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The nanny state advances apace

By ATWadmin On May 20th, 2007

Often, young children are provided with plastic beakers to drink from, in preference to glasses. This is because children are deemed by their parents, nannies, and others to be incapable of acting in a sufficiently safe and mature manner when handling potentially dangerous glass objects. And this cautious approach is fair enough, when you’re dealing with the under eights.

However, good old Plod now wants to treat adults in the same manner. Police forces across the country are pushing for pubs and clubs to be banned from serving wine, spirits, or beer in glasses, in case those glasses are subsequently used as weapons by the children drinkers. Tory whip Mark Lancaster also supports such measures, and has introduced an early-day motion in support of a prohibition on the use of real glasses after 11pm. Or, as he terms it, "lights out".

This is just the latest in a series of increasingly bizarre attempts to remove every potential risk from people’s lives. Of course, Plod seems to have missed two things. First, insofar as violence does occur in pubs (and in the vast, vast, majority it does not) then it is not the glasses which are the cause of the problem, but their contents. Perhaps Plod should have proposed a ban on drinking alcohol in pubs, to accompany the recent ban on smoking in them. In the current climate, where we must all be wrapped in cotton wool every minute of our lives, that does not seem so ridiculous as it otherwise might.
Second, if the police spent a bit more time worrying about preventing young thugs from using real weapons, and a bit less time harassing decent drinkers, they would do more to make society a safer place than any number of these ridiculous measures.

12 Responses to “The nanny state advances apace”

  1. Evidently, guns don’t kill people, glasses do.

    They’re getting closer to the truth, but are not quite there yet…

  2. Excellent post FR.

    Next up they’ll want to ban matches because arsenists use them to burn down buildings…

  3. Or cars. That said, I can’t offhand think of any other country in the world where such a measure (pardon pun) would even be up for discussion. Says a lot about the English drinker.

  4. Put those who would use a glass as a weapon in jail for a very long time. The UK judicial system is way too soft. Those who would use a glass as a weapon do so because they think they can get away with it, and if they did get caught the consequences are light.

    If we must, use tempered glass containers. That way offenders can resort to more traditional spidish behavior, like headbutting and such. In that case, no doubt we will all soon be soon forced to wear a crash helmet after 11:00 PM. Seems perfectly reasonable!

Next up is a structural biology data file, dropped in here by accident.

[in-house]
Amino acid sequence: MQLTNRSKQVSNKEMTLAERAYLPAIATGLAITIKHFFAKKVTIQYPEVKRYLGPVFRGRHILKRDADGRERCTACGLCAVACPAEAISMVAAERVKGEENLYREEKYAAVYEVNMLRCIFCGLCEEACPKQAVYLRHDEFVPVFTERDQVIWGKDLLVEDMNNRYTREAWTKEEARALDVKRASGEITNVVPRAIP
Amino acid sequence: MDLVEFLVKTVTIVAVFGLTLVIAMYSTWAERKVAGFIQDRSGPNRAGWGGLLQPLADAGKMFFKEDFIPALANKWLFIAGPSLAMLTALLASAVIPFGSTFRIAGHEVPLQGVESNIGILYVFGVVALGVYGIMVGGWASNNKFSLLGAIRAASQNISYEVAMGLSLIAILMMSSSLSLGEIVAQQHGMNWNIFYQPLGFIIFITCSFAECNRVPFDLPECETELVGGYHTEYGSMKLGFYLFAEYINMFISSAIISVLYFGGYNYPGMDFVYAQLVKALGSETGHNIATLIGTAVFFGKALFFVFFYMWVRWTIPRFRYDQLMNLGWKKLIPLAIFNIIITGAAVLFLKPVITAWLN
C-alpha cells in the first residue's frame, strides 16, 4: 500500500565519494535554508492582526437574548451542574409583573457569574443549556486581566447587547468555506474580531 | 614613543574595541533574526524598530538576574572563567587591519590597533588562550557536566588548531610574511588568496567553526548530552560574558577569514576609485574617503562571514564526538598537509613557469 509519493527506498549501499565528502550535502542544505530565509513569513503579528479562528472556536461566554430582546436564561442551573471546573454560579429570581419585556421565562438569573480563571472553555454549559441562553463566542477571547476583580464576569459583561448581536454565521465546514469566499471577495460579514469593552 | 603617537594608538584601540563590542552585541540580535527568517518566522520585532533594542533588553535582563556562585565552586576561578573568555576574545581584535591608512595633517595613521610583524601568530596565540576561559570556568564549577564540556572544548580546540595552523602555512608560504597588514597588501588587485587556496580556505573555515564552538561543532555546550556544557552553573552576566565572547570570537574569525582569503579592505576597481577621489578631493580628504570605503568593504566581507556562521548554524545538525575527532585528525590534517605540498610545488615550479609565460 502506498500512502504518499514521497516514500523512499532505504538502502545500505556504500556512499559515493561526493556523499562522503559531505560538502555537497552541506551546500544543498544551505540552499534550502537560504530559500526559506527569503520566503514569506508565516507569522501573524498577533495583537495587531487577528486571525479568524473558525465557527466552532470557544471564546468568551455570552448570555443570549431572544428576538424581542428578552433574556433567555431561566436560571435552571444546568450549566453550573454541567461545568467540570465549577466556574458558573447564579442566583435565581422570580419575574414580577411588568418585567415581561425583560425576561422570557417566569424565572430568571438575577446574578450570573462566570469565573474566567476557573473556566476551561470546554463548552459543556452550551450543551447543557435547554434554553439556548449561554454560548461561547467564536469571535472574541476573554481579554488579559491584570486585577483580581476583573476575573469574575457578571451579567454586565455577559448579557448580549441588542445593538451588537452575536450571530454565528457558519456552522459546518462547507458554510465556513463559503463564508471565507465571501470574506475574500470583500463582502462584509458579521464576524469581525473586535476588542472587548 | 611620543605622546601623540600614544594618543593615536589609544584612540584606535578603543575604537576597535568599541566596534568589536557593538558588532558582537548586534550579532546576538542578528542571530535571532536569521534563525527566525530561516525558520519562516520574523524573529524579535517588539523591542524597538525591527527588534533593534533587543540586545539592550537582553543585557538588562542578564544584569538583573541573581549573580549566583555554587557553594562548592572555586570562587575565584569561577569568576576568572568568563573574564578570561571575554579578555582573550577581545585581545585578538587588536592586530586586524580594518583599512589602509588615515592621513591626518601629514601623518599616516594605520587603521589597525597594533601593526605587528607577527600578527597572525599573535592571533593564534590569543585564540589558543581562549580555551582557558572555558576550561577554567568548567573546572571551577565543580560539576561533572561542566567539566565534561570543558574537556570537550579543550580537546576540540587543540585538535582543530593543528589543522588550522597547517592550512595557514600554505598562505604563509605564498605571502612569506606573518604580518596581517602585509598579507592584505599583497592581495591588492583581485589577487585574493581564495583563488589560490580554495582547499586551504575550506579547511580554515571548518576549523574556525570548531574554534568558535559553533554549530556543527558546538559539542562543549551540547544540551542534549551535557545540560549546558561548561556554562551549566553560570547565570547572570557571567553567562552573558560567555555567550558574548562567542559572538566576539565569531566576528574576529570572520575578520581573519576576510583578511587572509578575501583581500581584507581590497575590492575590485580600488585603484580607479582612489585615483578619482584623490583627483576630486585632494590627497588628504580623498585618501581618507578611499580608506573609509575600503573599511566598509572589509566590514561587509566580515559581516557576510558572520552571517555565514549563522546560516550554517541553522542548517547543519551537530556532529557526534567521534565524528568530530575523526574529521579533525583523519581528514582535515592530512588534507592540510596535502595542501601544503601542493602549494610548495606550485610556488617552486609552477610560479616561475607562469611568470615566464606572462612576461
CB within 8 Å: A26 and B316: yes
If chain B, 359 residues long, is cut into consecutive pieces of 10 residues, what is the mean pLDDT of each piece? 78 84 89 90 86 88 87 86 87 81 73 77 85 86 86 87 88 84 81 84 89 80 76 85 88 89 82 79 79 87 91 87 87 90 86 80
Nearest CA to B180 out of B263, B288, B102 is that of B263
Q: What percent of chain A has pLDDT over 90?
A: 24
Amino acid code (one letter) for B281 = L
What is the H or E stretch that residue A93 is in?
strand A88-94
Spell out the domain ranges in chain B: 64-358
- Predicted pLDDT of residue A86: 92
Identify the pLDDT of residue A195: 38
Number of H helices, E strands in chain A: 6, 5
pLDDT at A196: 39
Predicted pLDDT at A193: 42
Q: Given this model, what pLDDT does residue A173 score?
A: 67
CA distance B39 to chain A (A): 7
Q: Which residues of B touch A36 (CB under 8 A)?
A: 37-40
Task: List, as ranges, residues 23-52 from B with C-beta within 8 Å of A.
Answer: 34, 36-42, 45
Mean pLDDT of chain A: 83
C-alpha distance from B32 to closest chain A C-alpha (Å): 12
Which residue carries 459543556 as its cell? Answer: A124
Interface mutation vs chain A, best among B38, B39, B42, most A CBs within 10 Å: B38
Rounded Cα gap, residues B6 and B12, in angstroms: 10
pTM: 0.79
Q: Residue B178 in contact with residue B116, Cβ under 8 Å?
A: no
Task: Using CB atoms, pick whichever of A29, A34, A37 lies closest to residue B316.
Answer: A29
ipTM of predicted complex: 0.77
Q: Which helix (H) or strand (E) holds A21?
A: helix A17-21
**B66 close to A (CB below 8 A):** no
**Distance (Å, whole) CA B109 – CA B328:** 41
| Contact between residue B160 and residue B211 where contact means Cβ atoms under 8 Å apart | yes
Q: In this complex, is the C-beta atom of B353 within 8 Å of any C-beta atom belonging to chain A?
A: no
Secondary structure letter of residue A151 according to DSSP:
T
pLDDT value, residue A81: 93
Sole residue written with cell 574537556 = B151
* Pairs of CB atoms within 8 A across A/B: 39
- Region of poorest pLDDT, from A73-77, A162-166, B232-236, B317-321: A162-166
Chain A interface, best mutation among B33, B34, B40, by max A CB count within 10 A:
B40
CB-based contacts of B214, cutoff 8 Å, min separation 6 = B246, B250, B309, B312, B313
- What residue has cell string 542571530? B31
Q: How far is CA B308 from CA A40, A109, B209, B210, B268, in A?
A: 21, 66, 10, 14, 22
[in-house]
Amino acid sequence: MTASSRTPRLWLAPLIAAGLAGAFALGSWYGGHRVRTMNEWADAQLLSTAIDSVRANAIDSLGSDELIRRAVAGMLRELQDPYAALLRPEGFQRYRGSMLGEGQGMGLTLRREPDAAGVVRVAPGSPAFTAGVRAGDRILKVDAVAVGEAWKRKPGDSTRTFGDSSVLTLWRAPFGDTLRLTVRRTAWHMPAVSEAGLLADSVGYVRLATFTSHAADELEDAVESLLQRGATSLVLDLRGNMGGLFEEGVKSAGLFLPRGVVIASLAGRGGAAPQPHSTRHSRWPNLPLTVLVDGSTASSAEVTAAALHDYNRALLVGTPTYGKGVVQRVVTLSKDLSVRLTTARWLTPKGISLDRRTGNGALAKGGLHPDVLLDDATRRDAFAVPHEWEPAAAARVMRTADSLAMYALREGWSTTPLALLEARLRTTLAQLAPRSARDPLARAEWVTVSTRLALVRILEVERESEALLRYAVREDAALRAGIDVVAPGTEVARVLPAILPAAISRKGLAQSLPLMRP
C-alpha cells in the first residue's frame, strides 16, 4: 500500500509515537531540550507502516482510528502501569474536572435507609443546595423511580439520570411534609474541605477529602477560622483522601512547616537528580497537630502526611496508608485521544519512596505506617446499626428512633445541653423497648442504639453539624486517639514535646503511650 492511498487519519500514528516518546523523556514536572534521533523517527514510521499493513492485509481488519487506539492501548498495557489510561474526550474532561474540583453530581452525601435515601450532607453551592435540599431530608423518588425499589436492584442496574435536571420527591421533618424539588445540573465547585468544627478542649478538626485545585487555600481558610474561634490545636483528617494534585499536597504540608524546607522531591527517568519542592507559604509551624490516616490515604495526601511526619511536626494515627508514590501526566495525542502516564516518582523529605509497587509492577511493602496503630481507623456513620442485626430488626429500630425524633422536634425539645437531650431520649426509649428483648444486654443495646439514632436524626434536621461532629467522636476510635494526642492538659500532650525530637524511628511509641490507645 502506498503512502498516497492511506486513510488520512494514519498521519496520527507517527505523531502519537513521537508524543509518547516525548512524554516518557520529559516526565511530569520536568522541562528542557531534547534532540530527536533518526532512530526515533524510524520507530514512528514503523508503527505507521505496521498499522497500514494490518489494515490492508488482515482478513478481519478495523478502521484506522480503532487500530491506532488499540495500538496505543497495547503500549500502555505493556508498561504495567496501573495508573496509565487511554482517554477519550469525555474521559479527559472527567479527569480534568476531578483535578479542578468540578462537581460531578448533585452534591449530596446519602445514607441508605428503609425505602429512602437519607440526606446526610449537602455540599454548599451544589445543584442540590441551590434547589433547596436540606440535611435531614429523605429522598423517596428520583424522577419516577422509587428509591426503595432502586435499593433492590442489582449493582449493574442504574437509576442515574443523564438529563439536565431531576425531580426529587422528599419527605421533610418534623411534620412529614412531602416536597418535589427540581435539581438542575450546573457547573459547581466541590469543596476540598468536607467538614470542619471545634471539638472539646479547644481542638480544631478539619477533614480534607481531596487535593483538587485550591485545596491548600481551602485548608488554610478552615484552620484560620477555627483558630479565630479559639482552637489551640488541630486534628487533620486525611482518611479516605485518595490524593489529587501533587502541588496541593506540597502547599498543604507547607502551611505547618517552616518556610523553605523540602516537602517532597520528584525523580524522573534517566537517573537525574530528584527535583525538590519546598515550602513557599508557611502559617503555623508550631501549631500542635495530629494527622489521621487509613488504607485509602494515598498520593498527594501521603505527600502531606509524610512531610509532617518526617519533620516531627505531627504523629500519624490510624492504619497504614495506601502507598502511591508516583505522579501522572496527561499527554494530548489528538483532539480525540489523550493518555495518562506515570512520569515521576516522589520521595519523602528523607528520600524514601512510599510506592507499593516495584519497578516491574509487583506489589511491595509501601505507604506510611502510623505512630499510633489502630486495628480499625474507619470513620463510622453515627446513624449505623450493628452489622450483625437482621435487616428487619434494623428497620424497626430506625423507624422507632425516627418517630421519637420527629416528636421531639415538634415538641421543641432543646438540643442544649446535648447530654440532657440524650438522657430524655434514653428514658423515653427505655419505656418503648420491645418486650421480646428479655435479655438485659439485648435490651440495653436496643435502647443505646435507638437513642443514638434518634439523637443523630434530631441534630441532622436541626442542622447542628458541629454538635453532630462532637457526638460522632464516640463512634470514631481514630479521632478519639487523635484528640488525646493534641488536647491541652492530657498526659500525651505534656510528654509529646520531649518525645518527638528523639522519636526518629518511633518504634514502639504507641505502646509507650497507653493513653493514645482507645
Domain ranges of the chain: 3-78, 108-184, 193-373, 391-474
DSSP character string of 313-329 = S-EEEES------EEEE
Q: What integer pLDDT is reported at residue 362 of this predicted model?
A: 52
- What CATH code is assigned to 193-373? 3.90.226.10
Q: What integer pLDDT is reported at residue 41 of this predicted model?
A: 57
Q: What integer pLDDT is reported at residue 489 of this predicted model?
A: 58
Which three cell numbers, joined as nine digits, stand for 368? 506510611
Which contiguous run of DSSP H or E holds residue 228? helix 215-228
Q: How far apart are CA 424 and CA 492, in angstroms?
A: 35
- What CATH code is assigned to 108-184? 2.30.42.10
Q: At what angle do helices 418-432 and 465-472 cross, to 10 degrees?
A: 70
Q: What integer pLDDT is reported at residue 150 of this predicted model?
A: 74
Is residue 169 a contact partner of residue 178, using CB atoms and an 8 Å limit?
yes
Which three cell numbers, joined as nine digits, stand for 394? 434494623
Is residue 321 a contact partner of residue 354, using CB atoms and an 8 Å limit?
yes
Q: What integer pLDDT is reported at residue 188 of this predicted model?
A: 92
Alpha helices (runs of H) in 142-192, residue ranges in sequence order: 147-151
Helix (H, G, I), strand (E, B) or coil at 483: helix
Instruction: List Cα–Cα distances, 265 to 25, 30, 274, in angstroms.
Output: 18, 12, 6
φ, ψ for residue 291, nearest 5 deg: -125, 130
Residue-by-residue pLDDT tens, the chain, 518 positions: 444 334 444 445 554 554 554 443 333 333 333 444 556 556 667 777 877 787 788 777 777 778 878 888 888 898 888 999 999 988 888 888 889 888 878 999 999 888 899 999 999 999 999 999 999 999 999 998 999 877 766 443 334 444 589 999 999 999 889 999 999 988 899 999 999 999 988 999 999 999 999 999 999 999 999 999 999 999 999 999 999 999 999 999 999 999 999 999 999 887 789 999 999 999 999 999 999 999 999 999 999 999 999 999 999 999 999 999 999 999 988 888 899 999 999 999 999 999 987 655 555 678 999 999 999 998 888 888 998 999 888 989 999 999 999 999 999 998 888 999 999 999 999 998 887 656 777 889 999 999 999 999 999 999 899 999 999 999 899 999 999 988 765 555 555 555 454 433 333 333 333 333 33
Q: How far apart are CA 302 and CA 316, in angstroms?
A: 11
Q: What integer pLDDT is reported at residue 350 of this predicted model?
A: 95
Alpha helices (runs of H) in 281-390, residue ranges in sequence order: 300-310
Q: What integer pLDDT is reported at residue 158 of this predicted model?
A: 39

5. McGrath:

    A crash helmet? I’d have thought they’d just make it mandatory to be in bed with a glass of warm milk by 9.30.

  6. Well, a plastic beaker of warm milk, anyway.

  7. While disagreeing with this nonsensical approach I can’t help but think it’s a sad reflection on the society in which we live.

  8. One of my favourite hobby horses – drinking is far more anti-social and does far more damage to those not actually participating than smoking!

    I agree with McGrath – long jail sentence for anybody using a glass or a bottle as a weapon.

  9. test

  10. That said, I can’t offhand think of any other country in the world where such a measure (pardon pun) would even be up for discussion.

    The is a lot of talk in the ROI of this as well. Most gigs and such, be they festival or venue based, now have plastic glasses making already poor pints worse.

  11. Paul,

    "I can’t help but think it’s a sad reflection on the society in which we live"

    I don’t think it’s a reflection on society, at least not directly, rather it’s a reflection of the rampant control freaks in charge of the state.

  12. I think it is, unfortunately, an indirect reflection of society. I’d wager these measures will go through in many places and might even become law in the future. The nation is so full of ignorant apathetics who either don’t know about this or who won’t bother to write to their MP objecting (twice, to make sure they get a personal response instead of a cookie cutter) that anything can happen.

    Regardless of our own opinions of the Iraq war, that went ahead despite, I believe, the overwhelming opposition of the vast majority of the country. If that had happened in 1800, there’d have been a revolution. Today, we havn’t got the balls, nor the principles or the force of will.